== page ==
Wearing multiple hats and playing diverse roles may be difficult to many, but not for the Emir of Kano.
Coming from a family of rulers, Sanusi Lamido Sanusi (as he then was) has always been in and around royalty. Being the grandson of the 11th Emir of Kano and son of Muhammad Lamido Sanusi, a career diplomat and technocrat who served as the Nigerian Ambassador to countries in Europe, Asia, and North America surely gives you a rounded exposure not open to commoners.
For many, being in the corridors of power and among the Nigerian elite is enough, but not for Sanusi – the award-winning central banker wanted more. The painfully thin blue blood became the MD/CEO of First Bank 24 years after joining the banking industry as a young professional. Leading a bank that was regarded by many as old and lacking in innovation, Sanusi initiated and established systems and processes that changed the way many now perceive the Bank. Less than a year into his tenure he was nominated as Governor of the Central Bank of Nigeria (CBN) with his appointment confirmed by the Senate on June 3, 2009.
Of course some attributed Sanusi’s rapid rise in First Bank and his nomination as CBN governor to the unusual benevolence of one of his mentors, Alhaji Umaru Abdul Mutallab, but it is hard, impossible actually, for even his worst critics to deny the ingenuity, talent, and brilliance that is Sanusi Lamido Sanusi.
Born at a location in close proximity to the palace of the Emir, Sanusi had one ambition that would not just leave – to rule over his people. Upholding tradition, standing for justice, amplifying the voice of his people, and satisfying his thirst for the knowledge of the Almighty Allah are values that define him.
The 55-year-old has stuck to these precepts even at the risk of his job, throne… and his life.
As a Central Bank Governor in the Goodluck Jonathan administration, Sanusi blew the whistle on corruption in the state-run oil agency, the Nigerian National Petroleum Corporation (NNPC) running into billions of dollars – an act which was perceived as disloyal by the administration. Sanusi knew quite well the cost of making such secrets public especially when he is seen as part of the ruling establishment. But he is different, his loyalty remains with the people no matter what cap he wears. And if, for anything, anyone deigns to believe he acted because of his disdain for a president not from his part of the country, his remarks on President Muhammadu Buhari’s failure to effect sound policies to take the economy out of recession should effectively shut that down.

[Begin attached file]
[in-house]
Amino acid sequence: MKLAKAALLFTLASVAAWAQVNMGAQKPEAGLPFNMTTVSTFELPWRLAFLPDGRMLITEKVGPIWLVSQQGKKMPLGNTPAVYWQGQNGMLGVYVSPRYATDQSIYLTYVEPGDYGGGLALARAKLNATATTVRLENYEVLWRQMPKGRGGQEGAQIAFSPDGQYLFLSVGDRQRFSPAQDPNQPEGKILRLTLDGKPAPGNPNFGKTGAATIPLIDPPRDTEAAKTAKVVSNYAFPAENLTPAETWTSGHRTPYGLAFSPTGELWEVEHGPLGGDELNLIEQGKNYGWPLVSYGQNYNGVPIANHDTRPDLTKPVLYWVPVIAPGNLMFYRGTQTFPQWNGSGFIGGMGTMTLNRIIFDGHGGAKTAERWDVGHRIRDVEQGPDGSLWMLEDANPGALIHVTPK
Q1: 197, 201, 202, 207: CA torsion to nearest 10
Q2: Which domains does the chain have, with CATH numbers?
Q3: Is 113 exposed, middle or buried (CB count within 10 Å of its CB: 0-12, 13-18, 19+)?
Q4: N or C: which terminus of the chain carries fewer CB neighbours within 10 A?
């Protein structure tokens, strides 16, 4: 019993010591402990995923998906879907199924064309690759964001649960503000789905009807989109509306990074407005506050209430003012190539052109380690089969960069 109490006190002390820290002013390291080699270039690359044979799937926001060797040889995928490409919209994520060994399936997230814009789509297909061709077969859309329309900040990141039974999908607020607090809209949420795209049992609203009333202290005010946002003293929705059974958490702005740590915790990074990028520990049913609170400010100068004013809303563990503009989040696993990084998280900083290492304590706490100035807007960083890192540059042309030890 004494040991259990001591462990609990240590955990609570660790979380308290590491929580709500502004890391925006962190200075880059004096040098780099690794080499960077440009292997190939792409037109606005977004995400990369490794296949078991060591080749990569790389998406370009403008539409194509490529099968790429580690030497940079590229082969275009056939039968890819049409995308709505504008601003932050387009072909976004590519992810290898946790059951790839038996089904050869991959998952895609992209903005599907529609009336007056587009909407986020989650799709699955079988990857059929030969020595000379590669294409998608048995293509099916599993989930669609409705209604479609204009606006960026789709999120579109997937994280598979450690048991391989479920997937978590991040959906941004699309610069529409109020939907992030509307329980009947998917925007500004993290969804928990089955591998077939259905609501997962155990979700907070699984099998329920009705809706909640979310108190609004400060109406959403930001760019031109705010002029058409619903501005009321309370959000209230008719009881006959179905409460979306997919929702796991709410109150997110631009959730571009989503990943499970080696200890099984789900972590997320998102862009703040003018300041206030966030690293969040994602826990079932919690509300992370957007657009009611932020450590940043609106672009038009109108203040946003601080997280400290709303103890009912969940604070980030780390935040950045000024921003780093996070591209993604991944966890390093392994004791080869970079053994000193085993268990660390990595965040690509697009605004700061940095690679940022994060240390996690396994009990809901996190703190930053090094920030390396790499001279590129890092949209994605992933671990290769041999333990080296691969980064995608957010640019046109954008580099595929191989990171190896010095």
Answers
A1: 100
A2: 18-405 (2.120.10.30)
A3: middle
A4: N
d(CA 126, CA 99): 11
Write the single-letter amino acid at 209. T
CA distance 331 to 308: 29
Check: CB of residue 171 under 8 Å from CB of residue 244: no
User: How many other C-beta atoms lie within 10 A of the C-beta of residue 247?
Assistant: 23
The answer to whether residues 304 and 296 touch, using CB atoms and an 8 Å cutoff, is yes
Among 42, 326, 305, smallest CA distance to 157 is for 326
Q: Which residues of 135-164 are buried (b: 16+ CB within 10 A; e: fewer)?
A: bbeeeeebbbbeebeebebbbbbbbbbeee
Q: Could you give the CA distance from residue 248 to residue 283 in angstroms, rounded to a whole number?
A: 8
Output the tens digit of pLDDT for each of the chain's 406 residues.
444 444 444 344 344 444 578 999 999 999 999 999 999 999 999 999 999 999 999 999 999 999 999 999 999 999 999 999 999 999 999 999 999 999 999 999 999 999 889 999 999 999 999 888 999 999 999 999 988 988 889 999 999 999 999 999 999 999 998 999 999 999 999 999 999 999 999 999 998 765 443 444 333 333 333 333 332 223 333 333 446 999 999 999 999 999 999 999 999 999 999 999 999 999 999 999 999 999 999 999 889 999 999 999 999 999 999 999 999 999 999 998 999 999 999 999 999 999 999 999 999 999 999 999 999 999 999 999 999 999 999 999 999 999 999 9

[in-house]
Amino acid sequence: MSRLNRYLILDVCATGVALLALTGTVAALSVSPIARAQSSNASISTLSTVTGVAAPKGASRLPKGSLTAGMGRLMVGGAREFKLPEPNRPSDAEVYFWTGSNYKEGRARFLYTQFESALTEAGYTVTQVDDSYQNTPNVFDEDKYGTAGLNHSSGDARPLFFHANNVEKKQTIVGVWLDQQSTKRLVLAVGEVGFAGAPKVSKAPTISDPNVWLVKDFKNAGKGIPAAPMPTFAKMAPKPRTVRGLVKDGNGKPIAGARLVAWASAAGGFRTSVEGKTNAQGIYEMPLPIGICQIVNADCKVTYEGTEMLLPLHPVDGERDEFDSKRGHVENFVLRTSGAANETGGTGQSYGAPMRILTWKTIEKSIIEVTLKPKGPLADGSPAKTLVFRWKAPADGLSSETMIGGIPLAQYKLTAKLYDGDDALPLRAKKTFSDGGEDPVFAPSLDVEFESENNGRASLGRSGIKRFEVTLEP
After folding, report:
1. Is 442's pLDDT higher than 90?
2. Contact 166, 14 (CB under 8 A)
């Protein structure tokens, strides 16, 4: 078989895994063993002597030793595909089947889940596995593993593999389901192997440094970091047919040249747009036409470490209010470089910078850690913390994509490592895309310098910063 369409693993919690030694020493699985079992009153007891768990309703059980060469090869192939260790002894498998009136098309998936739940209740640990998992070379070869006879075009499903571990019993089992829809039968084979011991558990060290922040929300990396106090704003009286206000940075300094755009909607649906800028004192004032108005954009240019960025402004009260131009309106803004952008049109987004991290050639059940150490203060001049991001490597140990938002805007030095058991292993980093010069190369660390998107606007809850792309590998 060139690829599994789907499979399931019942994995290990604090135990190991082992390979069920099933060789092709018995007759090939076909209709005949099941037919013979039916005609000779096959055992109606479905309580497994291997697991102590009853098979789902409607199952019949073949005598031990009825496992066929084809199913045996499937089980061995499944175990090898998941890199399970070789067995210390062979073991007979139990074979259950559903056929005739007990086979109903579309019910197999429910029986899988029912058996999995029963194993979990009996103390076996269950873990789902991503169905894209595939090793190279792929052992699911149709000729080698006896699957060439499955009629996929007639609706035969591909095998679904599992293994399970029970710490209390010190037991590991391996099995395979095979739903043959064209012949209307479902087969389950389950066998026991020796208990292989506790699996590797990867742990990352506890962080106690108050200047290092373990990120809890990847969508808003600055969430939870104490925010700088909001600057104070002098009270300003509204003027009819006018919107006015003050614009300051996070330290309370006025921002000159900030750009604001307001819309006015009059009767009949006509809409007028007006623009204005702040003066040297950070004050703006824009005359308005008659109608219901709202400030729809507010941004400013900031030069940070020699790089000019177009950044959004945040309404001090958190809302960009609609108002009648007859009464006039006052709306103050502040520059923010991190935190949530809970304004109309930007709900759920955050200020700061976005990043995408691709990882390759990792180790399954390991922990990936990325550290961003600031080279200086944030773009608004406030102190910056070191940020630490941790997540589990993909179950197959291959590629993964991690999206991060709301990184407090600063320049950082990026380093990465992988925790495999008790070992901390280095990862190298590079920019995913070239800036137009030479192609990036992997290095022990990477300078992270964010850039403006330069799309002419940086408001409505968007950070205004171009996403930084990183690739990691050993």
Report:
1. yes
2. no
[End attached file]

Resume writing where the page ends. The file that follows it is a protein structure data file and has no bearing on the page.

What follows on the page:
He spoke in December about the FG’s plan to borrow money from external lenders, effectively saying that it lacked depth of thought. “If we cannot raise $2 billon in two years and you want to borrow $30 billion in two years to the end of the life of the administration. The government should rather pay more attention to investment and support the private sectors to grow the economy.
“The economy that has five exchange rates can’t borrow $30 billion. They can’t lend you the $30 billion when you have five foreign exchange rates and with the current bombing of oil pipelines by the Niger Delta militants. So, on which foreign exchange rate can you get the loan?”
This is quintessential Sanusi – a bona fide member of the Nigerian elite who has no qualms speaking straight to power at any time.
A man of exquisite taste and unrestrained brilliance, Sanusi has brought sustained dignity to the Kano Emirate which he leads. He is the rallying point for his people and the Kakaki that amplifies the voices of many when others choose the safety and comfort of silence and self-serving compromise. He is taking the road less travelled and has allowed truth alone to be his lighthouse. For speaking out in the face of oppression, intimidation and more, Emir Muhammadu Sanusi II, the 14th Emir of the Kano deserves to be the YNaija Person of the Year 2016.